For most of us, the beauty of nature takes our breaths away. Most of us live in the city, but we still love to venture out to the country or use our vacation time to go and visit beautiful sights of nature. Just about every country including Canada and the United States has national parks; protected natural spaces for everyone to enjoy. We designate particularly stunning sites that represent a unique habitat as UNESCO World Heritage Sites. We also feel the need to designate the Seven Natural Wonders of the World.


We also like to recreate parts of nature or keep little parts of it close to us. There are zoos all around the world where we keep animal to observe them or to preserve them. We seem to have a joy that no other species on earth shares to gaze at other breeds. We like to learn about the other species out there. And in lots of cases we will never see these species in the wild or in flesh even. Most of us will not come across a panda munching bamboo in the forests of china or a lion hunting on the African savannah. However, we still love to hear about them. By hearing about other species, it makes us feel part of a whole, of an entity that transcends us and it somehow justifies our presence on this earth.

Lion hunting :


At the same time, human have no problem with destroying large parts of nature for their own needs. We bulldoze mountains and the forest that cover them to extract mineral and others resources from the ground. We cut pristine rainforest to grow palm trees. We dry up wetlands to build our houses. We pollute rivers and lakes with industrial waste. Some people do take offence to this and try to stop all this destruction but to make our way on this earth we have to destroy certain parts of nature to get our resources. We can do our best to restore what we destroy though.


As much as we like nature, we have no problem destroying it to advance our wealth and extract resources. We have to find a balance in between preserving nature and exploiting it. We depend on nature for our survival, so we have to make efforts to protect it and assure that when we exploit it we return it to a near original state. Ultimately we depend on nature, it does not depend on us.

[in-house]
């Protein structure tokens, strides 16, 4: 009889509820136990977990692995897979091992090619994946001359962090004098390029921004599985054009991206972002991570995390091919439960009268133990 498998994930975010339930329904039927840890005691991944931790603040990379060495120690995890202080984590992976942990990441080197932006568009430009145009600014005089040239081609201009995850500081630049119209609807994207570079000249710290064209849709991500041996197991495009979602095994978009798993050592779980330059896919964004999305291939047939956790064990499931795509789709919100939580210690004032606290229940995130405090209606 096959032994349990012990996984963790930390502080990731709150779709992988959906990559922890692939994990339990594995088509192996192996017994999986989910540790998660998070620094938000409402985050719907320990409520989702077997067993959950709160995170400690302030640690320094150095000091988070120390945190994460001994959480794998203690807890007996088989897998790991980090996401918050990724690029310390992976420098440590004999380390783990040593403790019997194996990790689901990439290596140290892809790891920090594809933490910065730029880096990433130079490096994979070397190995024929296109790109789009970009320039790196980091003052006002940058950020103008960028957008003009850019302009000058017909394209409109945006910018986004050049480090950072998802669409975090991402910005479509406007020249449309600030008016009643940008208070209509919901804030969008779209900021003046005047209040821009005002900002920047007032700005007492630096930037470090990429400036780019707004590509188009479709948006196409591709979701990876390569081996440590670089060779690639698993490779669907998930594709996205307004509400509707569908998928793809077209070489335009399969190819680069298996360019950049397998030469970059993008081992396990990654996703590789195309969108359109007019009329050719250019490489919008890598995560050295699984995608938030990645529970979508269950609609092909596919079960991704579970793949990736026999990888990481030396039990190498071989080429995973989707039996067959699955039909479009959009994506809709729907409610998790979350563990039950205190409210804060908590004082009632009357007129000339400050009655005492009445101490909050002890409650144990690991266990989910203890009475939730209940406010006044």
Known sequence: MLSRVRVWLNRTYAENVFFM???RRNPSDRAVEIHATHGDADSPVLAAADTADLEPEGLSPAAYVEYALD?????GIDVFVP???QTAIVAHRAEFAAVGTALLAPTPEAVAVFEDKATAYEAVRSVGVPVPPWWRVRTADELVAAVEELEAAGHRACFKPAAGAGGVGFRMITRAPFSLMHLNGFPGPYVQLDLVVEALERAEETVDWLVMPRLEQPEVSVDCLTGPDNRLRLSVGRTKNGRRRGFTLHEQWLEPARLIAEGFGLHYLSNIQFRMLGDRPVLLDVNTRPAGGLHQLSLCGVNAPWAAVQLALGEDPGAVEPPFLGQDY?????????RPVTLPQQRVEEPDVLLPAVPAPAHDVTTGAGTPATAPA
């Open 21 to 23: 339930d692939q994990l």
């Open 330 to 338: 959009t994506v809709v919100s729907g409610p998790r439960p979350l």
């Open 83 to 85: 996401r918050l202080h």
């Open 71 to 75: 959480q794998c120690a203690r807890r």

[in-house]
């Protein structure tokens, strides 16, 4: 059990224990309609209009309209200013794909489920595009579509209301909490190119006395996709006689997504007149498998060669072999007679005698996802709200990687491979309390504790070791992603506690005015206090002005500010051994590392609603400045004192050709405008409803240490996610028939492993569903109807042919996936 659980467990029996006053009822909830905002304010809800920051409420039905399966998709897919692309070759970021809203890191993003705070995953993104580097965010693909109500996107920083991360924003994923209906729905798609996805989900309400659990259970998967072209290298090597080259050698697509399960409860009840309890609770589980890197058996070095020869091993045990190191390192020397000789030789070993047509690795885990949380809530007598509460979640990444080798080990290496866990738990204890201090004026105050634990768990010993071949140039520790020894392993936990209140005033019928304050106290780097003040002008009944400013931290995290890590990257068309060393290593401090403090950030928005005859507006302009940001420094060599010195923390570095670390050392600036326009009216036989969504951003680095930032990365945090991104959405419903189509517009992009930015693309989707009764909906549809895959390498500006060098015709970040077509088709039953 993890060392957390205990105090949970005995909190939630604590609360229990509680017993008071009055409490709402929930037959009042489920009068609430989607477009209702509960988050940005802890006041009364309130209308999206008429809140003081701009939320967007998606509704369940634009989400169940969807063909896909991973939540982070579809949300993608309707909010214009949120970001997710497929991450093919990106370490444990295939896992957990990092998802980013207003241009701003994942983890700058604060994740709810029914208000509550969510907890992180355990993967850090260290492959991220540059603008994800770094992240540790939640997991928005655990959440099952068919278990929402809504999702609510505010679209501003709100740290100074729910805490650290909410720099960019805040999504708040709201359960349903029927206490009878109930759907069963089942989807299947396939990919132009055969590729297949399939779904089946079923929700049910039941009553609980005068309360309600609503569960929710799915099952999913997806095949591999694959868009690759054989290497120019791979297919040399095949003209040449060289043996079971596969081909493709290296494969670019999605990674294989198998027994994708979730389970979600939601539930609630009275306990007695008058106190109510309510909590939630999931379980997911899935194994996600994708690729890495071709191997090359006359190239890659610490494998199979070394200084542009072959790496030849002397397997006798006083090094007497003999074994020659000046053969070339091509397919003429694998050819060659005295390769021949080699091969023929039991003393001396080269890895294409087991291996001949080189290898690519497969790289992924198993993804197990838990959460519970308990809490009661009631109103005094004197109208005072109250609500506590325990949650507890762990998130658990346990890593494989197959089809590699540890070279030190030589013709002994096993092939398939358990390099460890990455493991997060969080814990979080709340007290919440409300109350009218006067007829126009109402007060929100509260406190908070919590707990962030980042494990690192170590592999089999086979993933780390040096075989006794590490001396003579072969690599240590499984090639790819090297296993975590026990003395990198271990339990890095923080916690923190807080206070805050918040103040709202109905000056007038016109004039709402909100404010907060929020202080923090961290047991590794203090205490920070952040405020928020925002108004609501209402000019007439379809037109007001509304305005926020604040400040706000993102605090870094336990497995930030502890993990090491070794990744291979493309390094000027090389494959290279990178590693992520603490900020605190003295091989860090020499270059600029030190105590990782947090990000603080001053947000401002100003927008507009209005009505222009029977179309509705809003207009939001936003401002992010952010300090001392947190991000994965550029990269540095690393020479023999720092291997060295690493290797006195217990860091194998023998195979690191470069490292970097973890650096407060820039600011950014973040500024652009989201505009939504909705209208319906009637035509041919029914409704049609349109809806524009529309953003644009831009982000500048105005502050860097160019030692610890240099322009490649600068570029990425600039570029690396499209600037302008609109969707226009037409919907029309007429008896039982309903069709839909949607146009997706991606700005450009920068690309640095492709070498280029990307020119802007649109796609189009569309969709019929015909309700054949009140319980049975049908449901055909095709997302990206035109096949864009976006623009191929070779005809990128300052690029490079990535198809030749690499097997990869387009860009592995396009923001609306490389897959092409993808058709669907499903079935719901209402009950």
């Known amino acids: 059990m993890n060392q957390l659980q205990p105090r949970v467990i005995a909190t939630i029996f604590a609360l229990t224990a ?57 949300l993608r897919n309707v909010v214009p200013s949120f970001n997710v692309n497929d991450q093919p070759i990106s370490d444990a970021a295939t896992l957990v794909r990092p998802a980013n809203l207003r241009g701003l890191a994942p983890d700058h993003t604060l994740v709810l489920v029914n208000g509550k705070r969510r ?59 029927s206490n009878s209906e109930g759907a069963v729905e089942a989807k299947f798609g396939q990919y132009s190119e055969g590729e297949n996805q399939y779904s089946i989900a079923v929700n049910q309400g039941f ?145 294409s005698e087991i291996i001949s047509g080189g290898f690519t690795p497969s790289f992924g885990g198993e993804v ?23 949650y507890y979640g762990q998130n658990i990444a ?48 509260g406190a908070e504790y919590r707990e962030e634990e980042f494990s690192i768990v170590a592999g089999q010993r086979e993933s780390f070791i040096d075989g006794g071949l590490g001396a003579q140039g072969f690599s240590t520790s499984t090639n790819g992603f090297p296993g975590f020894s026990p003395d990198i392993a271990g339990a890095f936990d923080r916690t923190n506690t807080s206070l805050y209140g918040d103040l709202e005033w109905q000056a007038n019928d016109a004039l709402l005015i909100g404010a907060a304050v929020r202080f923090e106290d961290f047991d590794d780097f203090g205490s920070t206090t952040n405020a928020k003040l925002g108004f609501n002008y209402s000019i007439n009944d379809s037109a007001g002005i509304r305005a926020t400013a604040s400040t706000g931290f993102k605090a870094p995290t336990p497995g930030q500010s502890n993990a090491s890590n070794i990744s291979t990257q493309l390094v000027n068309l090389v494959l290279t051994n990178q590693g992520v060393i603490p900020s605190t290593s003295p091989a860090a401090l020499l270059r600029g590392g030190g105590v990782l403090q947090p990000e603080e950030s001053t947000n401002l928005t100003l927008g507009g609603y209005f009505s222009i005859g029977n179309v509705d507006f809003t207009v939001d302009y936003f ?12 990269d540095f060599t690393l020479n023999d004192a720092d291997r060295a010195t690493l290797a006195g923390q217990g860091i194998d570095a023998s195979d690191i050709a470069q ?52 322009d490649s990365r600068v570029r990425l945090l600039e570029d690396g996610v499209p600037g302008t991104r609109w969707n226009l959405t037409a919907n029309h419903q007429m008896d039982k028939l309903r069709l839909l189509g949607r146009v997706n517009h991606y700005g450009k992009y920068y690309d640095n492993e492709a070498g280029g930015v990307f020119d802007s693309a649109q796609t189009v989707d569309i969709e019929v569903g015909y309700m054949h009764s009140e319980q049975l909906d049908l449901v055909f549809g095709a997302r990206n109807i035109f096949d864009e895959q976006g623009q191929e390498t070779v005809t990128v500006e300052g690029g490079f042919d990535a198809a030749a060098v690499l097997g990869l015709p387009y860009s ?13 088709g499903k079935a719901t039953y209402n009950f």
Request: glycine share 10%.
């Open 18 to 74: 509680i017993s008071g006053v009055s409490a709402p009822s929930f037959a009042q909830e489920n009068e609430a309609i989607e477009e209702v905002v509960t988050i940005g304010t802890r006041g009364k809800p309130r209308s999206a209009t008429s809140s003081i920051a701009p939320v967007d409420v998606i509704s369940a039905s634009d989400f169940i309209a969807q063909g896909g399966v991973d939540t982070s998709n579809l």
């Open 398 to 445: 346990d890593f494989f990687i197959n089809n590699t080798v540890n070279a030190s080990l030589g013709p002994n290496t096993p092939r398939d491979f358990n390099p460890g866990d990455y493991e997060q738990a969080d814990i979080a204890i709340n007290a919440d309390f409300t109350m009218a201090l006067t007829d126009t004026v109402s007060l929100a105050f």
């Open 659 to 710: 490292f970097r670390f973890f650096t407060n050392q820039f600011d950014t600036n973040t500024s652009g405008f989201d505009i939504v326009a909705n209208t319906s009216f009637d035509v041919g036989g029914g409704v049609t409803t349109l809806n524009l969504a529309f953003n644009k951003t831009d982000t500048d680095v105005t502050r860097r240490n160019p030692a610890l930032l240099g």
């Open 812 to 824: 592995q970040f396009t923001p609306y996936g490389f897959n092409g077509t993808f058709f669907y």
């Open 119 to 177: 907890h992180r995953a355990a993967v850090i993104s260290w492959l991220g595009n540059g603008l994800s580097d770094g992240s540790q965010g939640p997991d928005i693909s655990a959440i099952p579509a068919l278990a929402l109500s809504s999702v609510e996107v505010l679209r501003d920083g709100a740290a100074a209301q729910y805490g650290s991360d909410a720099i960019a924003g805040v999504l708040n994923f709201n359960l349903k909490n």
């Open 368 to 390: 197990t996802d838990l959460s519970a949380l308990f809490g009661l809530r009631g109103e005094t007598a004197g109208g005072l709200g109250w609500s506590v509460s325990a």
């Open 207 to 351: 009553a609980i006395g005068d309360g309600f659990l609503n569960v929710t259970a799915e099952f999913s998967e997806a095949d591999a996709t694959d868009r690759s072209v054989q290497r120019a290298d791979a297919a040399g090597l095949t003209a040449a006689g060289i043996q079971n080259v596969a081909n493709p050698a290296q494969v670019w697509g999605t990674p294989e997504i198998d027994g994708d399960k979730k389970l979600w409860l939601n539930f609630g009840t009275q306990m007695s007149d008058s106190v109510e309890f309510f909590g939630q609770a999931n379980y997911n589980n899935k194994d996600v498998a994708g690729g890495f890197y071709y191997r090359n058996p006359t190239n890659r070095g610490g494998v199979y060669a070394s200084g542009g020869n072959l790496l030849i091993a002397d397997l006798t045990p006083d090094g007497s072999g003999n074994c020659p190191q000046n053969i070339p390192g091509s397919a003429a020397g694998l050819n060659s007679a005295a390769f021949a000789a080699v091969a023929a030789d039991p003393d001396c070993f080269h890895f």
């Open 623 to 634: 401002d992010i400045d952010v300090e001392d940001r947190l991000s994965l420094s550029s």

Philosophy is Fun

When we enter a philosophy class for the first time we often think that it will waste our time. We wonder what we will get out of all the complicated questions and reflections of philosophers. In some cases, philosophy courses can lay on the theory heavy and bore us instead of capturing our attention. A good teacher however can really open our horizons and get us interested in the discipline.


In a good philosophy class, we look at the views of other, the issues of our society and ourselves. We compare our points of views with those of others. We put our ideas out there, analyse them and this can leads to changes in our mindset or can solidify our views. By opening up about our views and exchanging or reading about views we develop the ability to not only question the opinions of others but our own.  We become more critical thinkers and by the same token better thinkers.


If we can analyse and understand the point of views of others it is easier for us to have more moderate opinions. We can see the good and the bad in the views of others. We can stay away from the very emotional more extreme views that cause tension and radical actions. We can negotiate and make dialogue with other people not just throw strong opinions at each other and not listen to each other.  


We also become better at questioning. We don’t automatically take what we hear to be factual or bogus. We will look over information and see what supports it and what doesn’t. We become better at living in a society where information is constantly being thrown at us. We also become better employees. We can think on our feet. We need less guidance and are better at making key decisions.


Even if we inherently can think on our own, philosophy is essential because its gives structure to our thinking. It helps us look at ideas with more openness. It pushes us to have a more open mind and to engage in dialogue. In the end, if a large numbers of people study philosophy this leads to a more unified and accepting society.


Link to the article that inspired this post:

Article: Be Employable, Study Philosophy by Shannon Rupp





Just Lend a Hand Instead

Murder is wrong. It is not right to kill another human being; period. However, there are a lot of interpretations of the punishment that should be carried out for this act. There are multitudes of criminal charges for killing another person. And there are contexts were we believe that a person should not be punished at all for killing another person, such as cases of self-defence. There are charges manslaughter, 1rst degree murder, and 2nd degree murder. There are charges like dangerous driving causing death. In some cases, murder can be watching another person commit a murder and doing nothing. Ultimately, we weigh whether the act a person undertook or failed to undertake considered murder. Given that the act of killing another person has such a broad spectrum of punishments (and in some cases no punishment at all) it can be complicated to determine which punishment is appropriate for a given circumstance.